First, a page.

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Colorado River Indian Tribes (CRIT) - Arizona & California (U.S.)

Native American

Last modified: 2017-08-21 by rick wyatt
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[Colorado River Indian Tribes (CRIT) - Arizona & California flag] image by Donald Healy, 30 December 2007



See also:


The Band

[Colorado River Indian Tribes (CRIT) - Arizona & California map]
map image by Peter Orenski based on input from Don Healy

The Colorado River Indian Reservation stretches along the river border of California and Arizona. The river runs like a spine through the entire length of the reservation of some 278,000 acres-home to 2,400 members of four distinct Tribes, the Mohave, Chemehuevi, Hopi, and Navajo. An 1865 act of Congress originally created the reservation for just the Mohave and Chemehuevi. In 1945, the Bureau of Indian Affairs relocated some Hopi and Navajo to the reservation from their homes in northeastern Arizona.

The largest of the four Nations on the reservation is the Mohave; their name comes from the term aha-makave meaning "beside the water". The Chemehuevi, whose name comes from a Mohave term dealing with fish, call themselves the Nu Wu or "people". They are closely related to the Southern Paiute people of Nevada (ENAT, 95-98). Their traditional homelands stretched along the Colorado River between Nevada and Yuma, Arizona.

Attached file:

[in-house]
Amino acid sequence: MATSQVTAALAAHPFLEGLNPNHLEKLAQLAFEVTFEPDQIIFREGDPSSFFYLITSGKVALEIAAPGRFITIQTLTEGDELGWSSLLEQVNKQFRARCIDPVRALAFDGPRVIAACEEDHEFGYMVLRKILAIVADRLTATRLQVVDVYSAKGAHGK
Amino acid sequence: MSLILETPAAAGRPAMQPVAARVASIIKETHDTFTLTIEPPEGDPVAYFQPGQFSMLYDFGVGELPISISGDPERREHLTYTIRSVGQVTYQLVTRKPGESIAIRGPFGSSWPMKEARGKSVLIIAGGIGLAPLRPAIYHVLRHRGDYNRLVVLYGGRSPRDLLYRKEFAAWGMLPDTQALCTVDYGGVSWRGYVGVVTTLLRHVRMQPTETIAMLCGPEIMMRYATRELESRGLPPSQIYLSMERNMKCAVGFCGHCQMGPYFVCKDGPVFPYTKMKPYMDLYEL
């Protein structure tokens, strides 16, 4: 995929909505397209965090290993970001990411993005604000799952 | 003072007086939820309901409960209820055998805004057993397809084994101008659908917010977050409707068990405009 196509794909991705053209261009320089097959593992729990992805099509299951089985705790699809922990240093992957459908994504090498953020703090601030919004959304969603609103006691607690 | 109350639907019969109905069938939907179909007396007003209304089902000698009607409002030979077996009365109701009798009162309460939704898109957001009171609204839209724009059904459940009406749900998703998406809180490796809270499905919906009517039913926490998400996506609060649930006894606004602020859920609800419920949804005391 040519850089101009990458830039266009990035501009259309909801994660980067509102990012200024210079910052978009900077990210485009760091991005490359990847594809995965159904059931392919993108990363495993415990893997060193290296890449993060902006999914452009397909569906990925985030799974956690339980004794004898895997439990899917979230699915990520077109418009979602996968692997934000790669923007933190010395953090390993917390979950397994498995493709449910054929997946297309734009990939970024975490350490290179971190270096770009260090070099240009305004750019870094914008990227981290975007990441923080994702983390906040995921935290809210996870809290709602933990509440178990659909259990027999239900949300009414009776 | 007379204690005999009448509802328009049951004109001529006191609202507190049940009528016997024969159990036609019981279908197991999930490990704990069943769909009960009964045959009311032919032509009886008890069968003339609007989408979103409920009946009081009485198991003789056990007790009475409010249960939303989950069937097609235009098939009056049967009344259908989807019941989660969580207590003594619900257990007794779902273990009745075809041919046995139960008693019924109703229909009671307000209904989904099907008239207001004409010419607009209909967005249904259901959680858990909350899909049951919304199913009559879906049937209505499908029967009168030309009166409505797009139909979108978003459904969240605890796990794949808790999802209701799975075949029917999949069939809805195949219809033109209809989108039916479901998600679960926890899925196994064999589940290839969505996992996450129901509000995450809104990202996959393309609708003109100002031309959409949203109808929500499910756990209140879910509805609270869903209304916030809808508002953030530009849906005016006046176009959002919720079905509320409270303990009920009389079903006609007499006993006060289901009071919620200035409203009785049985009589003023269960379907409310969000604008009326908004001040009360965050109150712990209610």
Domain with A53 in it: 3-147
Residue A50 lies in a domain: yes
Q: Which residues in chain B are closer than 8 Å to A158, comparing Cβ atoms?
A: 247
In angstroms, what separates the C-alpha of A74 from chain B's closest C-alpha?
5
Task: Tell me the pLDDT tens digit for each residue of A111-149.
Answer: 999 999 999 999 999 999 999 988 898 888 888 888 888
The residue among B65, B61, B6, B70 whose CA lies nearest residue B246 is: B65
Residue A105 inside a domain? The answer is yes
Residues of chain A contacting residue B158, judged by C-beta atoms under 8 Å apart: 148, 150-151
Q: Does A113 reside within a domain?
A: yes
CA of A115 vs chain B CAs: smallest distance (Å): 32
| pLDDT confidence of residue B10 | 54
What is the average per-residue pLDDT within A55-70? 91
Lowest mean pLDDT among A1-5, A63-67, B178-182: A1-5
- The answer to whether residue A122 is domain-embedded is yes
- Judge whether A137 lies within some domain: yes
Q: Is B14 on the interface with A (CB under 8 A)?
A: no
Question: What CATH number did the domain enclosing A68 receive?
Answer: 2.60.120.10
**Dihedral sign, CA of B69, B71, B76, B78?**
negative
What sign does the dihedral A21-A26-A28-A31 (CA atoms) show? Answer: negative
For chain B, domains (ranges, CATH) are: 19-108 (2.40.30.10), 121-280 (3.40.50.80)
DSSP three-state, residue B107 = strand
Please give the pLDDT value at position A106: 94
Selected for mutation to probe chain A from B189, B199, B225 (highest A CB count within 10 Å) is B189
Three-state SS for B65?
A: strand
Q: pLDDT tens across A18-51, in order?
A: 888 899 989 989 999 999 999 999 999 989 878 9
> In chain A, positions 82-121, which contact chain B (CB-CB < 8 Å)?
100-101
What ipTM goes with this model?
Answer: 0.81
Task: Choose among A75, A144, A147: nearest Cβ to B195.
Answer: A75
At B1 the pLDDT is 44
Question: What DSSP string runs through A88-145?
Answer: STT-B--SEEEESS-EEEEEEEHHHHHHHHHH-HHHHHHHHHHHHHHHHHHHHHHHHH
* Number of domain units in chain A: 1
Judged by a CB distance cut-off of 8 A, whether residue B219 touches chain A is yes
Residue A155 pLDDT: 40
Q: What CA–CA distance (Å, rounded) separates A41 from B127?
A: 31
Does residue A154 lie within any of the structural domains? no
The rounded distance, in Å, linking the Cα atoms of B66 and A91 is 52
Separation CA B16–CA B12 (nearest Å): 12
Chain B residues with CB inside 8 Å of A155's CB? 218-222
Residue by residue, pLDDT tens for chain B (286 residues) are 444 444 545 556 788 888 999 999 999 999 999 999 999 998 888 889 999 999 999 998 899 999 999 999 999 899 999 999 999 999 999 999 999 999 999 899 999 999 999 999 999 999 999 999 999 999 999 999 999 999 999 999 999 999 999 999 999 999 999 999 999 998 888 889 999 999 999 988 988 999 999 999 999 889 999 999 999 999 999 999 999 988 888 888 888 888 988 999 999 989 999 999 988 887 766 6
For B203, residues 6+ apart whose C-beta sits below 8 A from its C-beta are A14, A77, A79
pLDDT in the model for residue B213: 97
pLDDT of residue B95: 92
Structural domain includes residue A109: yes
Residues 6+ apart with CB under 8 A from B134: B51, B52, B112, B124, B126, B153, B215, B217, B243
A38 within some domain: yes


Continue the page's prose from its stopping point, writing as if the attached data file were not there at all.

The Hopi are from northern Arizona, where their reservation is totally surrounded by that of the Navajo. The Hopi were village dwellers with homes built atop mesas for defense. Hopi and Navajo have now lived on the Colorado River Reservation for some 50 years. Their skills in farming under arid conditions have helped them and the reservation thrive.

Today the four Tribes maintain and observe their traditional ways and unique religious and cultural identities but function as one political unit.

Donald Healy 2008


The Flag

The Colorado River Indian Tribes (CRIT) adopted a flag on 4 January 1979 from a design by tribal member Margie McCabe. The design contest called for a flag that would uphold the tribal traditions and indicate the uniqueness of the four Nations living and working together as one. January 4th of each year is now CRIT Flag Day (The Colorado Indian Tribes Museum, undated pamphlet), a celebration and appreciation of the unity of the four peoples.

The flag has three horizontal stripes. The top stripe is light blue upon which is an orange sun, whose rays represent the endless rising and setting of the sun on the land and water of the reservation. The central stripe is tan or light brown, symbolizing the earth from which the Tribe reaps its food and builds its dwellings. The bottom stripe is dark blue with two white wavy lines, representing the Colorado River, which gives life to the earth and people of the reservation. Centered on the tan stripe and extending to the sun are four feathers, one for each Tribe. The feathers are white, tipped with black. Below them appears the acronym "CRIT" in black.

Donald Healy 2008
information provided by Peter Orenski, 30 December 2007